CPJ calls for the release of VICE News reporters, fixer, in Diyarbakir, Turkey

New York, August 28, 2015–The Committee to Protect Journalists calls on authorities in the southeastern Turkish province of Diyarbakir to release British journalists Jake Hanrahan and Philip Pendlebury immediately. The journalists were on assignment with the U.S.-based global news channel VICE News when they, along with their fixer, were detained by police in Baglar district on Thursday, news reports said.

“We call on Diyarbakir authorities to immediately release Jake Hanrahan, Philip Pendlebury, and their fixer, and allow them to continue working in the region,” CPJ Europe and Central Asia Program Coordinator Nina Ognianova said. “The renewed clashes between Turkish security forces and Kurdish separatists in the volatile southeast are of public interest to both domestic and international audiences. Authorities ought to protect, not gag journalists on the job.”

VICE News told CPJ that Hanrahan and Pendlebury were reporting on clashes in the southeast in the past week when they were detained, along with their fixer, who has not been identified in news reports. The Turkish daily Hürriyet reported that the journalists were being held at the Diyarbakır Police General Directorate and questioned by anti-terrorism police.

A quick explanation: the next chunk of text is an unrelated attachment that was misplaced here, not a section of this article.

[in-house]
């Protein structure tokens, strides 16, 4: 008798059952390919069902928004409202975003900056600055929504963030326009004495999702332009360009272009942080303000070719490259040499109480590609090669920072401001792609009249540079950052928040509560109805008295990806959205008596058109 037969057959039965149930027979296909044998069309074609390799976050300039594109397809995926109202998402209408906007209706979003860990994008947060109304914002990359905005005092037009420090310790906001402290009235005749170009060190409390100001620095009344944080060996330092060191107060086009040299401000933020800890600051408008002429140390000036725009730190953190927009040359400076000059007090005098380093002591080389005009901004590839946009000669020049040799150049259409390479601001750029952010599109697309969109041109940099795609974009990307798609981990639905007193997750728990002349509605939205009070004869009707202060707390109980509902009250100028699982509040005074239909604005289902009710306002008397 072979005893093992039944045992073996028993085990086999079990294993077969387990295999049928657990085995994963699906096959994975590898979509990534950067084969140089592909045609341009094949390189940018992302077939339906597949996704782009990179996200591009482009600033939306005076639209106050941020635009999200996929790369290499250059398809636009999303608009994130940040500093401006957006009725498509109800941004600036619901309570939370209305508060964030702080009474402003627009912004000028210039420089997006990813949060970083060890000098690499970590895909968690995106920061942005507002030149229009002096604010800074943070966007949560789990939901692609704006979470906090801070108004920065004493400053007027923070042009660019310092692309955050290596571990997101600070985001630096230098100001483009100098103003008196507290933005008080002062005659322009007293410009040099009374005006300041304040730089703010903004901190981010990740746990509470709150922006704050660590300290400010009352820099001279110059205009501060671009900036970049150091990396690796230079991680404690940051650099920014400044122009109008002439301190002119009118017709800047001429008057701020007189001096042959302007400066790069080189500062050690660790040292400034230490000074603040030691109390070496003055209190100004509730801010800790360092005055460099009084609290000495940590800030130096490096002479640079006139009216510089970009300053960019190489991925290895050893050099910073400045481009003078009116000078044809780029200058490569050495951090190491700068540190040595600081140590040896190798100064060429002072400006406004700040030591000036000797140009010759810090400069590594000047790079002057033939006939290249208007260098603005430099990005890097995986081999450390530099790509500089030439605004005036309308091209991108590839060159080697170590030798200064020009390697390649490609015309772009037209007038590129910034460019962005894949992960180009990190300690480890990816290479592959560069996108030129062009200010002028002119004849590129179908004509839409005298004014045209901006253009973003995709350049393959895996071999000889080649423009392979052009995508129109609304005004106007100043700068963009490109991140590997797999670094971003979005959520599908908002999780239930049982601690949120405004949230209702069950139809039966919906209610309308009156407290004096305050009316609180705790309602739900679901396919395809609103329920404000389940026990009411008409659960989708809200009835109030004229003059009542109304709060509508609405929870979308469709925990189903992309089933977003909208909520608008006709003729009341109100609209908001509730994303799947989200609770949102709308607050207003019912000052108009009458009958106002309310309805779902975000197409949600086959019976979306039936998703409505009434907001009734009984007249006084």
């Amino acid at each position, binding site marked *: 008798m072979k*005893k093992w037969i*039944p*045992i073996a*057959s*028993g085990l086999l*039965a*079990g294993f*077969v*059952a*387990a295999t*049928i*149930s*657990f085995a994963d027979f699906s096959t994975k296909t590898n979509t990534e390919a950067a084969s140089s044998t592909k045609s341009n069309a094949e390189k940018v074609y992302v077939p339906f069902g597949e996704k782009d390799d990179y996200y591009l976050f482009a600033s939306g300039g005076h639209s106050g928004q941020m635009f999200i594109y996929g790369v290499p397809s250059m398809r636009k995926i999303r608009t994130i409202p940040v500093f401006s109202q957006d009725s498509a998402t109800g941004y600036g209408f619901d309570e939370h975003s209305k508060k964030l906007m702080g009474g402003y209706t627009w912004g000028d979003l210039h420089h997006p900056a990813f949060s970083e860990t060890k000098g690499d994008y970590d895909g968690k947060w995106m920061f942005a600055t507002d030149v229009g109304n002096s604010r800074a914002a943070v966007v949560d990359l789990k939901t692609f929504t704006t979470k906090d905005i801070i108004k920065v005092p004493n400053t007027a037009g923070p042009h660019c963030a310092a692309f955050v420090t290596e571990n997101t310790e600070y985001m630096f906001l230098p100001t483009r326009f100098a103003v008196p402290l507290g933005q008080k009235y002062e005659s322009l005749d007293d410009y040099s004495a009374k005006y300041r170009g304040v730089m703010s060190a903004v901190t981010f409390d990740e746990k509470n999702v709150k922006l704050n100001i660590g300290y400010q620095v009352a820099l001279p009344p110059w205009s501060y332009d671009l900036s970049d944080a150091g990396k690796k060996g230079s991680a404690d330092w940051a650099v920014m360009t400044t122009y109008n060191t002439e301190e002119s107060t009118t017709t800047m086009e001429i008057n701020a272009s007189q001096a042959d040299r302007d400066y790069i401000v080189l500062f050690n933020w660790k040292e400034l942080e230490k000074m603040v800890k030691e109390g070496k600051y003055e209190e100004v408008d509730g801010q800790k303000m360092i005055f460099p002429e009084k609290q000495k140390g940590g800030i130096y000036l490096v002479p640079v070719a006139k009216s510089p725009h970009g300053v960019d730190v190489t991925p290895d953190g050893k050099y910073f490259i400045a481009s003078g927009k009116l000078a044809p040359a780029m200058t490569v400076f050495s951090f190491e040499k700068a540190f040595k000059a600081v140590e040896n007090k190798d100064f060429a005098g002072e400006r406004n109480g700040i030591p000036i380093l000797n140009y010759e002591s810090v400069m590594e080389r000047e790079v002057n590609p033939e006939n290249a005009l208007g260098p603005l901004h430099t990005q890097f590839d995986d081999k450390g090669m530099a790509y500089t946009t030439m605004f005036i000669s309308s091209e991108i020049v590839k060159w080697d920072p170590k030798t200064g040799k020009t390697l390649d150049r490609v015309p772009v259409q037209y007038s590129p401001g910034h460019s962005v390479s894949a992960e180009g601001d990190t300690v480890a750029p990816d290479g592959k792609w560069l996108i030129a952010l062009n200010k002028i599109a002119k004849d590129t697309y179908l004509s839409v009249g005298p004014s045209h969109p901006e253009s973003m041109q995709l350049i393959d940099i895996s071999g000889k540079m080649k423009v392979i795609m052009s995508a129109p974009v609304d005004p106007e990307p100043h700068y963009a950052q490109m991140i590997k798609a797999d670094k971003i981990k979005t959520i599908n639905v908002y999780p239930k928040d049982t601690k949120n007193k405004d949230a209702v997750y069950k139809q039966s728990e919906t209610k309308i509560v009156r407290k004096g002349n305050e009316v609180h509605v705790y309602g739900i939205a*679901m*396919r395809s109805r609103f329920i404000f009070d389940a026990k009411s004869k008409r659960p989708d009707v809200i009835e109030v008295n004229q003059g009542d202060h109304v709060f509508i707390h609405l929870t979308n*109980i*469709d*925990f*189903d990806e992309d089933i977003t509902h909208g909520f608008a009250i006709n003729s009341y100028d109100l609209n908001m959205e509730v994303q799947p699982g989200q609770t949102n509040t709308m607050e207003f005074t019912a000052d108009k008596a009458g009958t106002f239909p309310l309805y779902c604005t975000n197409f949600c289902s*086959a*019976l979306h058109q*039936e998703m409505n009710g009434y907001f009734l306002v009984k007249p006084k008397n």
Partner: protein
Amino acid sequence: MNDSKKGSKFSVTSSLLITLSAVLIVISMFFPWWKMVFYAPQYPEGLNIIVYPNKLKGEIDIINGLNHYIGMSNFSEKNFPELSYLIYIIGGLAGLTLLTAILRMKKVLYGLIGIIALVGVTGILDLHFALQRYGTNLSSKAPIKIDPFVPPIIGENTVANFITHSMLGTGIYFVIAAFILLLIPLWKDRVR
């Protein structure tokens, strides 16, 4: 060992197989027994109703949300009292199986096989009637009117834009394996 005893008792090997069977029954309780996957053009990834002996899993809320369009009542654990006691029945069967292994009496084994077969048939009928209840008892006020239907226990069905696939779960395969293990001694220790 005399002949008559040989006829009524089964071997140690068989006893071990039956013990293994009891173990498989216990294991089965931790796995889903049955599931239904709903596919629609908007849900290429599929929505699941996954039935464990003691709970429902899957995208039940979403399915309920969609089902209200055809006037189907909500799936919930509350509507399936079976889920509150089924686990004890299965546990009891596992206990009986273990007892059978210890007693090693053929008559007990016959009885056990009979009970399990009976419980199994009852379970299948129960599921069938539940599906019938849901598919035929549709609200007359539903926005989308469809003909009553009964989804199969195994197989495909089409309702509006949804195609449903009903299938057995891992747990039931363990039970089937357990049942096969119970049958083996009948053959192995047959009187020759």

Unnamed Turkish security sources said the journalists were rounded up for working in the region without government accreditation and were accused of coming in “close contact with Kurdistan Workers’ Party (PKK) militants,” Reuters reported. CPJ research shows that broadly worded anti-terror and penal code statutes have allowed Turkish authorities to conflate the coverage of banned groups and investigation of sensitive topics with outright terrorism or other anti-state activity. The PKK has been classified as a terrorist organization, and journalists seeking to cover PKK activities have often been imprisoned or obstructed, CPJ research shows.

“Talking to all parties involved in a conflict is just good journalism,” CPJ’s Ognianova said. “Being ‘in close contact’ with their sources is what reporters do.”

A ceasefire between the Turkish government and the PKK ended in July when separatists shot dead 18 police officers and soldiers, news reports said.

In late July, Turkey’s telecommunications regulator, the TİB, blocked domestic access to pro-Kurdish and leftist websites based in Turkey and northern Iraq, according to news reports. A court said the websites were blocked for “promoting terrorist propaganda,” news reports said.